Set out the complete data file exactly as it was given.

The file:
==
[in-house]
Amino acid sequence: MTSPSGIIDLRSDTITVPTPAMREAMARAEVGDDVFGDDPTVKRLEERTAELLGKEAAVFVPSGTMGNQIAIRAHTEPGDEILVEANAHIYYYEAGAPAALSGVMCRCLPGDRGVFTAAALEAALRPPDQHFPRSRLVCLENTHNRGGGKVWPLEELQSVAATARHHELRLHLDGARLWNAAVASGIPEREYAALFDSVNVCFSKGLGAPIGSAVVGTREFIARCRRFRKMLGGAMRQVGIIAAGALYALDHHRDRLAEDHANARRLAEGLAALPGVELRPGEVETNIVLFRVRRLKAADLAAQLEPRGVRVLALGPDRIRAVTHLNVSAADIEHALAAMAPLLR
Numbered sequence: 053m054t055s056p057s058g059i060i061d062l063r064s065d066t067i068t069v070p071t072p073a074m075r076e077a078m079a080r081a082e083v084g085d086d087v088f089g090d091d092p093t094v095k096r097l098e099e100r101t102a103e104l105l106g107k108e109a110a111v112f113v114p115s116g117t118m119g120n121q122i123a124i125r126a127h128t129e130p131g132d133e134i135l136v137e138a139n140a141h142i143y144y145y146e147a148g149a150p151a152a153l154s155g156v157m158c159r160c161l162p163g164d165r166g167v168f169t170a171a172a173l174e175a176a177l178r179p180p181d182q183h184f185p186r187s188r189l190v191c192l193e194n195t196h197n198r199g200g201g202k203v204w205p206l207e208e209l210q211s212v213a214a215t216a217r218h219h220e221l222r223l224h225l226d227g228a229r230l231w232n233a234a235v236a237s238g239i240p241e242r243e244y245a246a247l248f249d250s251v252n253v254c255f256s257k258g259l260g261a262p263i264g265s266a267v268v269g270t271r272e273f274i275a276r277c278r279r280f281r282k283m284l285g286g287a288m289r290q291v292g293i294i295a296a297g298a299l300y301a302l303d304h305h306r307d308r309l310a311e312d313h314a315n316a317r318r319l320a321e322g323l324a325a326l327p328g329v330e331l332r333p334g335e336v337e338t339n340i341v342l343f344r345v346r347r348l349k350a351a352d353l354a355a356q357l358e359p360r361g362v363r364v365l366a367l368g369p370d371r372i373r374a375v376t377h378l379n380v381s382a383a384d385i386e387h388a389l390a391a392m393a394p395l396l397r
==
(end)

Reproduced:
[in-house]
Amino acid sequence: MTSPSGIIDLRSDTITVPTPAMREAMARAEVGDDVFGDDPTVKRLEERTAELLGKEAAVFVPSGTMGNQIAIRAHTEPGDEILVEANAHIYYYEAGAPAALSGVMCRCLPGDRGVFTAAALEAALRPPDQHFPRSRLVCLENTHNRGGGKVWPLEELQSVAATARHHELRLHLDGARLWNAAVASGIPEREYAALFDSVNVCFSKGLGAPIGSAVVGTREFIARCRRFRKMLGGAMRQVGIIAAGALYALDHHRDRLAEDHANARRLAEGLAALPGVELRPGEVETNIVLFRVRRLKAADLAAQLEPRGVRVLALGPDRIRAVTHLNVSAADIEHALAAMAPLLR
Numbered sequence: 053m054t055s056p057s058g059i060i061d062l063r064s065d066t067i068t069v070p071t072p073a074m075r076e077a078m079a080r081a082e083v084g085d086d087v088f089g090d091d092p093t094v095k096r097l098e099e100r101t102a103e104l105l106g107k108e109a110a111v112f113v114p115s116g117t118m119g120n121q122i123a124i125r126a127h128t129e130p131g132d133e134i135l136v137e138a139n140a141h142i143y144y145y146e147a148g149a150p151a152a153l154s155g156v157m158c159r160c161l162p163g164d165r166g167v168f169t170a171a172a173l174e175a176a177l178r179p180p181d182q183h184f185p186r187s188r189l190v191c192l193e194n195t196h197n198r199g200g201g202k203v204w205p206l207e208e209l210q211s212v213a214a215t216a217r218h219h220e221l222r223l224h225l226d227g228a229r230l231w232n233a234a235v236a237s238g239i240p241e242r243e244y245a246a247l248f249d250s251v252n253v254c255f256s257k258g259l260g261a262p263i264g265s266a267v268v269g270t271r272e273f274i275a276r277c278r279r280f281r282k283m284l285g286g287a288m289r290q291v292g293i294i295a296a297g298a299l300y301a302l303d304h305h306r307d308r309l310a311e312d313h314a315n316a317r318r319l320a321e322g323l324a325a326l327p328g329v330e331l332r333p334g335e336v337e338t339n340i341v342l343f344r345v346r347r348l349k350a351a352d353l354a355a356q357l358e359p360r361g362v363r364v365l366a367l368g369p370d371r372i373r374a375v376t377h378l379n380v381s382a383a384d385i386e387h388a389l390a391a392m393a394p395l396l397r